Exploring the “Train-the-Trainer Model:” The What, Why and Hows


Train-the-Trainer is a model used to describe, much as the name would imply, training potential instructors or less experienced instructors, on the best ways to deliver training materials to others.

When we think “trainer” our minds may automatically go to the concept of classroom training, but this is a relevant model to the world of e-Learning as well. An e-Learning trainer could be someone who works to create e-Learning training materials for a broader audience, someone who guides online interactive training elements such as webinars and discussions, or someone who is part of a blended learning model. A blending learning model is one in which a variety of training techniques are used for maximum effectiveness.

Regarding e-Learning, this could mean a trainer is taught how to take the knowledge learned through online training and then bring that to hands-on, on-the-job training. Instructors can also use online materials to then create mentorship programs or other in-person opportunities which build on everything the trainee learned via a learning management system.

The idea of train-the-trainer is essential to a strong overall training program, and the aim is not just to improve effectiveness, but also efficiency and productivity.

The goal of many of these programs is to have a strong talent pool of trainers from which to pull, rather than to have only one instructor who manages everything trainer-related within a company.


When you’re looking at people who can either facilitate e-Learning, blended learning or in-person learning, they may already be subject matter experts. These people are frequently the ones who are veterans of your organization but simply knowing the subject at hand often isn’t enough to make a great training experience.

These people need to know not just the “what” but also the “how ” to maximize effectiveness and ensure your training budget is being used wisely.

A few advantages of putting in place train-the-trainer programs include:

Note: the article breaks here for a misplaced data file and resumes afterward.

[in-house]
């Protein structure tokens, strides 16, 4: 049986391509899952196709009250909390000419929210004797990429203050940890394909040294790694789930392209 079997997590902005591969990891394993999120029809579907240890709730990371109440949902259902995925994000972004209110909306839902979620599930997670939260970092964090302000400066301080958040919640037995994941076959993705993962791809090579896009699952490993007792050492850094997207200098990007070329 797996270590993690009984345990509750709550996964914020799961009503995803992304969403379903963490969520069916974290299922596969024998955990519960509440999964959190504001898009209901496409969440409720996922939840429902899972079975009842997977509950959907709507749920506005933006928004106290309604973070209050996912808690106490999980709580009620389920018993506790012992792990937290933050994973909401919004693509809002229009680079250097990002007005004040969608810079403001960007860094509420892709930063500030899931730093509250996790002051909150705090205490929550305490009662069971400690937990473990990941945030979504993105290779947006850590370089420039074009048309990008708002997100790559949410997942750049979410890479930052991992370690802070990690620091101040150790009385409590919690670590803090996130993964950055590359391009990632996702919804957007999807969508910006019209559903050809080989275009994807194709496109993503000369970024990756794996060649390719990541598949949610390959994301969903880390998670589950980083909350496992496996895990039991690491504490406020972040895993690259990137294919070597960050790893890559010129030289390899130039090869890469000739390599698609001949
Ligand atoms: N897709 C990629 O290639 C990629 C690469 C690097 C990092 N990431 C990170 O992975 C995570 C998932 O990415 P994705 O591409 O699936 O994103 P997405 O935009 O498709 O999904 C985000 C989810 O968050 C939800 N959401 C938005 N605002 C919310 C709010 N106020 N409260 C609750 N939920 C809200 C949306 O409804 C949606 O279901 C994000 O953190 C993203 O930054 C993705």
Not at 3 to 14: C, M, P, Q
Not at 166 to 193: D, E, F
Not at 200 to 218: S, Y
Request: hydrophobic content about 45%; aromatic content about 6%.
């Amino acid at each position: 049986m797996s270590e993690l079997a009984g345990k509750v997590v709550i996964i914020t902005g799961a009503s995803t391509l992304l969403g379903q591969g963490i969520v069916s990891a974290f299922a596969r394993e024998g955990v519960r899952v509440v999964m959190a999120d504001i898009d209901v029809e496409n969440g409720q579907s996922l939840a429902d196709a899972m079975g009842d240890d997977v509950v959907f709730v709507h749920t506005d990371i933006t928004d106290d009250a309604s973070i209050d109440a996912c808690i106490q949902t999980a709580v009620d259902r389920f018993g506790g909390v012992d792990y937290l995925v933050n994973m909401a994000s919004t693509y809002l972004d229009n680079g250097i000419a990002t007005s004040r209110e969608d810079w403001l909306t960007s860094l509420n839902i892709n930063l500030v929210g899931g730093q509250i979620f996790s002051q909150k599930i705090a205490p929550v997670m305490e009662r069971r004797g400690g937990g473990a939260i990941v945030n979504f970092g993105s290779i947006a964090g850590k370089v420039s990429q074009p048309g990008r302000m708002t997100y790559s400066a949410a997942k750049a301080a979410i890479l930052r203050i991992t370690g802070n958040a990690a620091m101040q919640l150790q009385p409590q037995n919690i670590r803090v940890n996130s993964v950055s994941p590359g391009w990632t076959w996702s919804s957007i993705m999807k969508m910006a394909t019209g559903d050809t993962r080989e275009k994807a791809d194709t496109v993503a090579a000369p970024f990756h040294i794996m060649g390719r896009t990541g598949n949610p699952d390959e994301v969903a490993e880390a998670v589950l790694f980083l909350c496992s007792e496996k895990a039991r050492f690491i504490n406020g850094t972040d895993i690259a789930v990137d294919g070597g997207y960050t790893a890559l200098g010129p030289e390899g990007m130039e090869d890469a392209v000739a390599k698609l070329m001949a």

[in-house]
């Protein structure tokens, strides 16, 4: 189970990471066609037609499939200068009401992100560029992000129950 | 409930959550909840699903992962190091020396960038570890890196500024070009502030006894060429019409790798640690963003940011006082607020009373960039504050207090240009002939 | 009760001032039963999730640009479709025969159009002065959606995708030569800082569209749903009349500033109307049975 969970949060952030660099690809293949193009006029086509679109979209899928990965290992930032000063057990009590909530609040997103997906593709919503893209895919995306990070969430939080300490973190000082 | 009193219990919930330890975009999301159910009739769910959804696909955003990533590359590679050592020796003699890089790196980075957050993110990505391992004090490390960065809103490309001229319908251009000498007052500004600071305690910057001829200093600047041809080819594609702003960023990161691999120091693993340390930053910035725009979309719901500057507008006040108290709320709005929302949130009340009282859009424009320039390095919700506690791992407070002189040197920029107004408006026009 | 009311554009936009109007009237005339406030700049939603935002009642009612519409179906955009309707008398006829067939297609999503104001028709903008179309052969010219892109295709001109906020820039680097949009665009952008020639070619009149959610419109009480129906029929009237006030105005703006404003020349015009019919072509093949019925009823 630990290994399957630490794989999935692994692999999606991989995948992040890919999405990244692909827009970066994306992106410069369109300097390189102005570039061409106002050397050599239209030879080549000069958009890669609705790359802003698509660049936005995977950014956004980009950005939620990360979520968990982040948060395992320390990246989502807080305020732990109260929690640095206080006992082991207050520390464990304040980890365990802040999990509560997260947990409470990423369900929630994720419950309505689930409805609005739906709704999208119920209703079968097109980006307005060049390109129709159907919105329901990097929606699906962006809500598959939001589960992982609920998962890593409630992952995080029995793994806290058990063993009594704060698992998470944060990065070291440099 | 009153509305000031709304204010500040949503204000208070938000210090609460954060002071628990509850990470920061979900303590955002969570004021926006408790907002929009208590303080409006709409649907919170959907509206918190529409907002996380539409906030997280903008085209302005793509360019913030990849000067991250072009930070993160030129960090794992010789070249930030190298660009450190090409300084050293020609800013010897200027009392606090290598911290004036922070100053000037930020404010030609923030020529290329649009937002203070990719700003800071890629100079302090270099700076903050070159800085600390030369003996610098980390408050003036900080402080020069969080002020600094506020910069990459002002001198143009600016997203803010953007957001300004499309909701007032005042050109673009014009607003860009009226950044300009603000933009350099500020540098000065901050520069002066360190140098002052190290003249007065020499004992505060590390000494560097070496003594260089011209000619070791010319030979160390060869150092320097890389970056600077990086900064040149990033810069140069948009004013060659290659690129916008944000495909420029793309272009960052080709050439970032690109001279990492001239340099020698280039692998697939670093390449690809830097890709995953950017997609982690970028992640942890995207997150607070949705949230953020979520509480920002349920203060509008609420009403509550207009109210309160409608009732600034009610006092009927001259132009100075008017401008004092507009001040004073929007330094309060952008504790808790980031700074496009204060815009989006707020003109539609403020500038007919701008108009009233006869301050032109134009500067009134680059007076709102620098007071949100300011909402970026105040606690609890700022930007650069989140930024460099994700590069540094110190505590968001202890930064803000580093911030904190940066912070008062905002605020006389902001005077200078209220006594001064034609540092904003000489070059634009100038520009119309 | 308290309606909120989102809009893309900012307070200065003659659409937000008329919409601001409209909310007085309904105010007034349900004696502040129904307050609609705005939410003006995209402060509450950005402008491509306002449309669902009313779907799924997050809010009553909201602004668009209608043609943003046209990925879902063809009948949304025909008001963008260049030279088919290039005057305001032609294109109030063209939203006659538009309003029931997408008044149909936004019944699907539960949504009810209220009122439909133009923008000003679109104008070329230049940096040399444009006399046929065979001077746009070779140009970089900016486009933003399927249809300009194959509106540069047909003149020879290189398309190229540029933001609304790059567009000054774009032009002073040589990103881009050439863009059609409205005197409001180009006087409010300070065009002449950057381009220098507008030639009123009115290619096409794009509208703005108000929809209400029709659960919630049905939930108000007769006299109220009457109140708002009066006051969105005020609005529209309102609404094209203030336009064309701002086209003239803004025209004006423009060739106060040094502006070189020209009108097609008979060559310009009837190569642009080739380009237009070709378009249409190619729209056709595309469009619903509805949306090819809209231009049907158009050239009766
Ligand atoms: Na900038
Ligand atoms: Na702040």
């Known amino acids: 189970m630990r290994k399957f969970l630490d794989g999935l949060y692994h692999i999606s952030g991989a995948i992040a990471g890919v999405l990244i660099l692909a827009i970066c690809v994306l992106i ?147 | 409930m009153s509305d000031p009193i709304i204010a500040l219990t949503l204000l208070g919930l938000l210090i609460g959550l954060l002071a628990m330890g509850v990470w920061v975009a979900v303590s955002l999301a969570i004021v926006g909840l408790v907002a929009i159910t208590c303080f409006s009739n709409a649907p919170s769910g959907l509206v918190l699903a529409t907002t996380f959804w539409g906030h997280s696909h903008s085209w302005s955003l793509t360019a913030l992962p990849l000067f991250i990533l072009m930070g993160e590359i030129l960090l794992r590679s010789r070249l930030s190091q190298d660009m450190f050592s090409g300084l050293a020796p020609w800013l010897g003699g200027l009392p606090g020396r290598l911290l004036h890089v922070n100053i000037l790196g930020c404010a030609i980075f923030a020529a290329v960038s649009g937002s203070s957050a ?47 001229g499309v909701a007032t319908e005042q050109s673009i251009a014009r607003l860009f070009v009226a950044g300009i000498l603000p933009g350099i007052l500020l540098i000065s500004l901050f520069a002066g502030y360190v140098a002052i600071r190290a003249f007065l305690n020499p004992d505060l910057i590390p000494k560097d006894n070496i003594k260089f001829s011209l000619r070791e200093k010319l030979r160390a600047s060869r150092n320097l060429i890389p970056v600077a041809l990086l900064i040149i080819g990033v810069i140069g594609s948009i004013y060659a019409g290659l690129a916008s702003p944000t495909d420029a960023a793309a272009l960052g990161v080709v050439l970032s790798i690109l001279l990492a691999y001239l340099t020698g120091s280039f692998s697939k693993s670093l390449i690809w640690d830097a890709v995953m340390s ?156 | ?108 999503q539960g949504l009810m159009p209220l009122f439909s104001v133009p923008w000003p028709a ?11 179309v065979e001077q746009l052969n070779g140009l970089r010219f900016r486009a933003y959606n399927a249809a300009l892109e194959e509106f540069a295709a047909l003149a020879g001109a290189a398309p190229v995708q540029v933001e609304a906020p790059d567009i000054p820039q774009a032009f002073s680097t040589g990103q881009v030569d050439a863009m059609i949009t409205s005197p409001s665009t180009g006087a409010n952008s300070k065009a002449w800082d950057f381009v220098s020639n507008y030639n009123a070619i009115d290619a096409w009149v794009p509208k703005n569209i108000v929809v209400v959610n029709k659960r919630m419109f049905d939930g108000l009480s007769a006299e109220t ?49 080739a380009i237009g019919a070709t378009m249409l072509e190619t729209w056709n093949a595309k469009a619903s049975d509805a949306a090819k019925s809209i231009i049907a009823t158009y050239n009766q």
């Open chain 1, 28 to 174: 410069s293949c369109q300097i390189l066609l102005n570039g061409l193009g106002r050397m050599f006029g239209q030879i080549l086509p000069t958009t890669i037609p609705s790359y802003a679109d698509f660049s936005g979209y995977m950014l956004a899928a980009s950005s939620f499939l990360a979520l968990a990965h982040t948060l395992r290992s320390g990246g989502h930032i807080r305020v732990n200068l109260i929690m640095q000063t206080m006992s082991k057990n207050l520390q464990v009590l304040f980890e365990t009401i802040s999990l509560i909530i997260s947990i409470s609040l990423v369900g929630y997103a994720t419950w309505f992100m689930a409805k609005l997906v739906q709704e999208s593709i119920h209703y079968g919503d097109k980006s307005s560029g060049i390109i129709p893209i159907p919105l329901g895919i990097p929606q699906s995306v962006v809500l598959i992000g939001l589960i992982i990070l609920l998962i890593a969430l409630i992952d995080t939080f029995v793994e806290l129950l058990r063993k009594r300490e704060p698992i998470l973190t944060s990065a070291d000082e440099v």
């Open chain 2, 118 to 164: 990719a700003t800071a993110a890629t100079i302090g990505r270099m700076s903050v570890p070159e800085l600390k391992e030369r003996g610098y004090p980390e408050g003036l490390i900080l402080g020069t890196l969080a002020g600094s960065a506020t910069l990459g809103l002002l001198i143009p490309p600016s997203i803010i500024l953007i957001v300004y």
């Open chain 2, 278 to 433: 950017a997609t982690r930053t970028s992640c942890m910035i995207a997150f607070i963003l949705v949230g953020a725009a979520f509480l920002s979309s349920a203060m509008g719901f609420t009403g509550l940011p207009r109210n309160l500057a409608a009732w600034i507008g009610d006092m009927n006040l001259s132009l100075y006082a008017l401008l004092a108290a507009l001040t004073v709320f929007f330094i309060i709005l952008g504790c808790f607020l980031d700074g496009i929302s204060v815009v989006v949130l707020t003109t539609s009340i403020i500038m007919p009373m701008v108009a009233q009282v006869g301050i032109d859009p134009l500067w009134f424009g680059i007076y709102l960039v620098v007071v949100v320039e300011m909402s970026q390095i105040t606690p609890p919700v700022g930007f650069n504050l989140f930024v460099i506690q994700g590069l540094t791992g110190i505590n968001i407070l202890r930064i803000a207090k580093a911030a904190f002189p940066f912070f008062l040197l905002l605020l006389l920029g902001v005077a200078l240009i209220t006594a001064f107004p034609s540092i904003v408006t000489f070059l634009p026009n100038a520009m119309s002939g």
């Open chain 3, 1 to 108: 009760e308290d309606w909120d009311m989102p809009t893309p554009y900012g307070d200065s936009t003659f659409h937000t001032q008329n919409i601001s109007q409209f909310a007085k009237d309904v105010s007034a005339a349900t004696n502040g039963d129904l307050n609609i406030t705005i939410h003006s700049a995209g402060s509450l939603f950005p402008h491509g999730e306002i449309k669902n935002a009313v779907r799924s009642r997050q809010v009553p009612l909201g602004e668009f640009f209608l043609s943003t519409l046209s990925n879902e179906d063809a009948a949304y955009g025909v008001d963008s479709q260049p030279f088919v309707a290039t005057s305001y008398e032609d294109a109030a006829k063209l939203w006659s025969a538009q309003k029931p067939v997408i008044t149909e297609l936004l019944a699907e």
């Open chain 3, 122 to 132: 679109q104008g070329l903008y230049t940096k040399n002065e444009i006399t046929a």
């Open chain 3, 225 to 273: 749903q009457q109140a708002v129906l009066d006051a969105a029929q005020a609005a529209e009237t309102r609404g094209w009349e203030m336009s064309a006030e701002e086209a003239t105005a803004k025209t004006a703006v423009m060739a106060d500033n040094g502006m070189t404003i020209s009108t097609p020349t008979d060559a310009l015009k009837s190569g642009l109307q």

This will make trainers more authoritative. If you want learners to pay attention, be engaged and retain the information they’re being taught, it’s important they feel like it’s coming from an authority figure.
No matter your training delivery method – online, in-person or a combination of both, there are going to be questions. If your trainees aren’t asking questions that signifies a whole other problem in and of itself. For training leaders to be prepared, they have to understand the most effective ways to engage with their audience and not just supply the right answers to questions, but really get everyone processing and thinking on a deeper level. Most types of training, including e-Learning, incorporate some form of interactivity and discussion. By training the trainer, you’ll have a leader who’s better prepared to facilitate this interactivity and make the most of it. This can include not just answering questions, but also asking the right questions, fostering thought-provoking conversations and getting everyone to participate.

Train-the-trainer programs can be an excellent way to introduce not just the importance of subject matter mastery, but also elements of learning theory and human psychology. Your trainers will have a better understanding of how to appeal to a diverse learning audience and really make content “stick.” This can be important for not just the actual delivery of training, but also if your trainees will be part of developing content as well.



Post a Comment